Ken Holland was nothing if not aggressive as general manager of the Red Wings. He wanted to win, and he wanted to win now. If that meant mortgaging the future, so be it. He'd deal with the future later.
That approach was ultimately his downfall in Detroit, but that's not why we're here.
He sent a second-rounder and a fourth-rounder to Los Angeles at the 2008 deadline for Brad Stuart. Stuart would play a pivotal role in Detroit's championship in 2008.
Of course, swing as often as Holland and you're bound to miss. Especially later in his tenure, as the team's dynasty was fading, he made some moves he'd probably take back. Kyle Quincey, anyone?
But to Holland, those aren't the missteps that stand out.
Asked on a conference call Thursday about the most difficult trade he's made in his career, Holland pointed to his first: Mike Vernon to San Jose for two second-round picks. (Detroit would later trade those picks in separate deals.)
"I would not do that today," Holland said. "I’d keep the depth in goal and I’d let the goalies and coaches decide who’s going to play."
It was the offseason of 1997, and Holland had just been promoted to GM. The Wings had just won the Cup. And Vernon had just been named MVP of the playoffs after going 16-4 with a .927 save percentage and a 1.76 goals against average.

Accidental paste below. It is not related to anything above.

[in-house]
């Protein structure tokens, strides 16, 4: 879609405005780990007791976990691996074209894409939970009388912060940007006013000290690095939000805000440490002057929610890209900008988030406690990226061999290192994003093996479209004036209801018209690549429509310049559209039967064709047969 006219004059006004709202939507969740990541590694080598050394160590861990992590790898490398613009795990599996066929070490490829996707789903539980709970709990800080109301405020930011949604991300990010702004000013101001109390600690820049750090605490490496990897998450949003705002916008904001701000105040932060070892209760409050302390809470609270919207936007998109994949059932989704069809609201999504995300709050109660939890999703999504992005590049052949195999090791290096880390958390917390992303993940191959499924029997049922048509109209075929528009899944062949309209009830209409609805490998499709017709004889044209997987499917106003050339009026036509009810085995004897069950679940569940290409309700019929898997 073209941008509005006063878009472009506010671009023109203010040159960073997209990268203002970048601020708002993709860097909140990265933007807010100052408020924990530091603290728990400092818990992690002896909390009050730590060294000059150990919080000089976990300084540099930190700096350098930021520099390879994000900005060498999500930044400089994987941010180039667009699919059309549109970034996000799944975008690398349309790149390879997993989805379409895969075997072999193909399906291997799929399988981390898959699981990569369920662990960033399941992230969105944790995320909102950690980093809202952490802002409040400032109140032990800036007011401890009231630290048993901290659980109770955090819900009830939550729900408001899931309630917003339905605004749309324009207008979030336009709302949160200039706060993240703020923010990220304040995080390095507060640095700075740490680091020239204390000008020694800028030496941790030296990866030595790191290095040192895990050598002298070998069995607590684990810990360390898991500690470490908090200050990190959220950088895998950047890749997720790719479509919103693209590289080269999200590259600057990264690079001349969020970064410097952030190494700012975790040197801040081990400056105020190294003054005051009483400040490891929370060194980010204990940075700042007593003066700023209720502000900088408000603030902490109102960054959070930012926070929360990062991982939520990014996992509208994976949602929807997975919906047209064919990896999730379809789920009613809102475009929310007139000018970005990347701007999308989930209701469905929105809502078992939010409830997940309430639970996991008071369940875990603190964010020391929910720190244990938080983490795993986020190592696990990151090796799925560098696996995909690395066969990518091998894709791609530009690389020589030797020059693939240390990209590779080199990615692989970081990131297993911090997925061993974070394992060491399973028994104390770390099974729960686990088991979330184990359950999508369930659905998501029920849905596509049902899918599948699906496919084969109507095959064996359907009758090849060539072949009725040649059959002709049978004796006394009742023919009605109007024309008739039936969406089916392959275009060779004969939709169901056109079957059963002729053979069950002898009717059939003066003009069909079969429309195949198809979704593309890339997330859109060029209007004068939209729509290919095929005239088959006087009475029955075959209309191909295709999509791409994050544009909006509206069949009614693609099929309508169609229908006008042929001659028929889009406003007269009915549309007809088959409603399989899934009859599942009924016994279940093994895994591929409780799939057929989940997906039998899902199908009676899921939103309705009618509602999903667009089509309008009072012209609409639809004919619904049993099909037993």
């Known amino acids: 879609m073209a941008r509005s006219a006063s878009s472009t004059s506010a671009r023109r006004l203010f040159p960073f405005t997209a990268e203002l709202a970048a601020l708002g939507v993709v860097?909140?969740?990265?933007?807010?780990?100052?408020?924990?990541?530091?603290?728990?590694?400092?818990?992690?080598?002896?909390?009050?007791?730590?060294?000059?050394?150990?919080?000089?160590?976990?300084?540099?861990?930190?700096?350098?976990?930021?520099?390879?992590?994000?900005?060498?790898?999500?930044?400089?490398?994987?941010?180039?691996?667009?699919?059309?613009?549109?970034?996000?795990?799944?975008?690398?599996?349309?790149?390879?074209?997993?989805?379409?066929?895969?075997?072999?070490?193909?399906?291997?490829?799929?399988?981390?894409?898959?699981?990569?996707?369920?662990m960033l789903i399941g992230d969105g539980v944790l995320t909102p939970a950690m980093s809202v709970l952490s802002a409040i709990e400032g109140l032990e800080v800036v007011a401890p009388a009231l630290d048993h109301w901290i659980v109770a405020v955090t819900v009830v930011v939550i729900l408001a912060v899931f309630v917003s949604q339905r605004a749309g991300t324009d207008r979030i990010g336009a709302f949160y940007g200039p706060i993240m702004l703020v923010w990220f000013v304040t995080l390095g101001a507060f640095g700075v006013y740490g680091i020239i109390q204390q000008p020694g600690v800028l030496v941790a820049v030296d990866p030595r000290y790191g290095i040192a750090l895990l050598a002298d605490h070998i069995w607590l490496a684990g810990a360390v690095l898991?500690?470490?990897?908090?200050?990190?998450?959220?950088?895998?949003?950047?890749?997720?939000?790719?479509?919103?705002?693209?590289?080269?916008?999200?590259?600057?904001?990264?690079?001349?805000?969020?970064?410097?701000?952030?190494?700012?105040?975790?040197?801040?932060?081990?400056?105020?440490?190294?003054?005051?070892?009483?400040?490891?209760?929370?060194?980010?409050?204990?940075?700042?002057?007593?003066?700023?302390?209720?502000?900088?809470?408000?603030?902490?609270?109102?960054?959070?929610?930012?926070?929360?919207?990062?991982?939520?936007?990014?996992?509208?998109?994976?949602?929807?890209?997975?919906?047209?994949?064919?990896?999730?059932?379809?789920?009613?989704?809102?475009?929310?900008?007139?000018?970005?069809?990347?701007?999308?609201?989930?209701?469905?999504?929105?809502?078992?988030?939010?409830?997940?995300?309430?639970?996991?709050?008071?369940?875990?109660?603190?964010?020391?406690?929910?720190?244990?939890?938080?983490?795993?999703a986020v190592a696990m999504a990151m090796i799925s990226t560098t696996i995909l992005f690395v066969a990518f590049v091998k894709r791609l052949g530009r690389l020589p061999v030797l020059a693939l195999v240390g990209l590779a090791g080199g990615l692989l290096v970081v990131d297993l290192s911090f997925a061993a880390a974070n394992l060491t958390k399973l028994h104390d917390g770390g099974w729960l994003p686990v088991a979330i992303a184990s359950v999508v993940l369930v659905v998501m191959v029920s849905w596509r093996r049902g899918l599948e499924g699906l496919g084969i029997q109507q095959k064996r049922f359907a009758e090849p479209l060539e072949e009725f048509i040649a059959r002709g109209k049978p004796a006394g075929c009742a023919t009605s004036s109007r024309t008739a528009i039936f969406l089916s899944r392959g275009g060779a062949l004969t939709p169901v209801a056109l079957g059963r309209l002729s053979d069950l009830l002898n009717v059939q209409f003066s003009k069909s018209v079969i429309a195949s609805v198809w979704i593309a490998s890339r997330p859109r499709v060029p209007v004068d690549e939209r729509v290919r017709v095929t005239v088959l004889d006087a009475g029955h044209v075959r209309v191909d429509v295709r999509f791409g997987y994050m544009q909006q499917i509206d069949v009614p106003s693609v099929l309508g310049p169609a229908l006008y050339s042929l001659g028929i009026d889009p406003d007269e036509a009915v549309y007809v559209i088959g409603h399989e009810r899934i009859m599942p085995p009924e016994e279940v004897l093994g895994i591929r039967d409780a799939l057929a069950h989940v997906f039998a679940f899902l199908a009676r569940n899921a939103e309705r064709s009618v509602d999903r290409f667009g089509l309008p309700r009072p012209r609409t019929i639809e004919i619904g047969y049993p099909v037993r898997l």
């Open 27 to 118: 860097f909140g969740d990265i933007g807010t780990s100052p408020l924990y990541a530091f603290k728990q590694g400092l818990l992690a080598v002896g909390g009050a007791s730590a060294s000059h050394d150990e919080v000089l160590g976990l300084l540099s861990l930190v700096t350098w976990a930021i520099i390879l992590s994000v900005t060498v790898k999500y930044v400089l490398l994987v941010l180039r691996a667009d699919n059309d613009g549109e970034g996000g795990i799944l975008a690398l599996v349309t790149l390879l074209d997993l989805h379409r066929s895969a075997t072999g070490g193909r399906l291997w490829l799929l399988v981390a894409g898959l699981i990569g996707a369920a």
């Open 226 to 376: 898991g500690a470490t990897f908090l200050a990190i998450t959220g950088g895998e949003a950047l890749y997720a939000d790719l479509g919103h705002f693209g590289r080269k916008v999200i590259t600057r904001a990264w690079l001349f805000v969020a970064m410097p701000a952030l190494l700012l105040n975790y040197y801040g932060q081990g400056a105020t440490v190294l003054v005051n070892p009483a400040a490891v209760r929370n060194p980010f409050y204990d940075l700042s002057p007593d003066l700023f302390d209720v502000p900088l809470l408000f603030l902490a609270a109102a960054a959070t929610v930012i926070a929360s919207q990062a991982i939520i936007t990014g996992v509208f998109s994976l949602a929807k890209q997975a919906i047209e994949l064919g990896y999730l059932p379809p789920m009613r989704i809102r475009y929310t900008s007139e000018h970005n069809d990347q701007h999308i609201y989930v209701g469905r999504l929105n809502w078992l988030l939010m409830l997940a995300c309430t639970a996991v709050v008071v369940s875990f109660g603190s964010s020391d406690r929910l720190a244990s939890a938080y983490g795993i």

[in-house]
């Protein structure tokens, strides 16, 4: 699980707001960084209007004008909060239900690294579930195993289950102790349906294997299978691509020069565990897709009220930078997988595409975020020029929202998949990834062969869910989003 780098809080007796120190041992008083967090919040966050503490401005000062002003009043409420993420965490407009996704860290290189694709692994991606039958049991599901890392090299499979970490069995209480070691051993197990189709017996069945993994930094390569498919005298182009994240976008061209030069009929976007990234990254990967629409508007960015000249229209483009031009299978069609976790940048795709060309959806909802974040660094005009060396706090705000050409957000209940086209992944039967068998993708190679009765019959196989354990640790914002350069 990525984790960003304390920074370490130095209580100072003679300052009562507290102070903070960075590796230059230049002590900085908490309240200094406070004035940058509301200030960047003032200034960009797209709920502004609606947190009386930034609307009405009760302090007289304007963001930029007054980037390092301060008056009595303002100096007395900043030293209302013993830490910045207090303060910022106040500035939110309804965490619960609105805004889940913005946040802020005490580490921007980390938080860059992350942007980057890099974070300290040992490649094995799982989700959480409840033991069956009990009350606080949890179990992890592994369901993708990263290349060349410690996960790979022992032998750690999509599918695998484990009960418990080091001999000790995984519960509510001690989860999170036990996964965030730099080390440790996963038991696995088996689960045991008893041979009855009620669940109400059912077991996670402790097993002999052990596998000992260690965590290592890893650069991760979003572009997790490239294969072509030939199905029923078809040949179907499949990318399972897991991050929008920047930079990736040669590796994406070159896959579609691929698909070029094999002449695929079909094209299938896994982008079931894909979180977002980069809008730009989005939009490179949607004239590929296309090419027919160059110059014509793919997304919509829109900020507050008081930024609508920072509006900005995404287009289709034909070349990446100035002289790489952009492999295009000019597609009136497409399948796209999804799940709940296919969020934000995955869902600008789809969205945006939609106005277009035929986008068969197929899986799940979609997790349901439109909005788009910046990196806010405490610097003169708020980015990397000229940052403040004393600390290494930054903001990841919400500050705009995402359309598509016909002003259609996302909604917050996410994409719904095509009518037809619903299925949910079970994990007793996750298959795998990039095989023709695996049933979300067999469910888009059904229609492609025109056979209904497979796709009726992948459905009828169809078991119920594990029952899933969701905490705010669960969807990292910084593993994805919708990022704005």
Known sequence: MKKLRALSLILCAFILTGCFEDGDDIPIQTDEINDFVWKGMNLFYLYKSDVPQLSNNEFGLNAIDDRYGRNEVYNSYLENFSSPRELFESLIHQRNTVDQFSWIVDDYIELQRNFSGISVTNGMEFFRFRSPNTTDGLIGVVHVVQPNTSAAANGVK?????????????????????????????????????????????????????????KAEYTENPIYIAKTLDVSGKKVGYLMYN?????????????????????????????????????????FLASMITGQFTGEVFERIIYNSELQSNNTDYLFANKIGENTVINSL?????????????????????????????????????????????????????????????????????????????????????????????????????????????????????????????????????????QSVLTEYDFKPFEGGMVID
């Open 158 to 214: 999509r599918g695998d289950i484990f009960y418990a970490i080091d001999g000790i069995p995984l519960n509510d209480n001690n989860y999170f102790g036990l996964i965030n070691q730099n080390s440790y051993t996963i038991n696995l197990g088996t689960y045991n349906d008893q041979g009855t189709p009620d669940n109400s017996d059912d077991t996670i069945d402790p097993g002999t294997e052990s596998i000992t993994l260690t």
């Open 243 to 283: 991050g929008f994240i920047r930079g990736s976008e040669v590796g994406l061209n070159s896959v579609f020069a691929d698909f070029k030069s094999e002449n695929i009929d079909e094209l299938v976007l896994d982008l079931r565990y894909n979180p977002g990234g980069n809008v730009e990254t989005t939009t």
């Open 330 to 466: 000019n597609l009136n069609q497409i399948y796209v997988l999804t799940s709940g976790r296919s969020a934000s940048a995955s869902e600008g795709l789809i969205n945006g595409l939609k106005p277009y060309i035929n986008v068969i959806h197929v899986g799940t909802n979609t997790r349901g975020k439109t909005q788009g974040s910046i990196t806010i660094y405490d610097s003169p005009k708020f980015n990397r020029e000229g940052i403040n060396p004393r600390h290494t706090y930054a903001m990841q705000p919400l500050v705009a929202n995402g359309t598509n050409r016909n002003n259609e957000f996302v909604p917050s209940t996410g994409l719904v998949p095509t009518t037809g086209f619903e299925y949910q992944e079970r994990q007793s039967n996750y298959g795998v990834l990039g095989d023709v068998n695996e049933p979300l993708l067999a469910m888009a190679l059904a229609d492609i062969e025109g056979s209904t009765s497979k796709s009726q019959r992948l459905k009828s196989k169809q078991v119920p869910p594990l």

But Detroit also had Chris Osgood, who was nine years younger and had begun to supplant Vernon in net.
"They both wanted to be No. 1's and I decided to go with the younger guy," Holland said.
It worked out fine for the Wings, who won the Cup again in 1998 with Osgood in net. Still, Holland considers it a mistake. He told Vernon so himself after the goalie sent him a congratulatory text on Wednesday:
"I texted (him back) and I said, 'I wouldn’t do that deal today.' I said, 'I’d have you and Ozzie battle it out and I’d have depth in net.'"
"I was young," Holland said. "When you make decisions as a manager, you analyze everything and hope that most times they work out. But sometimes they don’t. As you get more experience, whatever job you do, you look back and you might handle situations differently."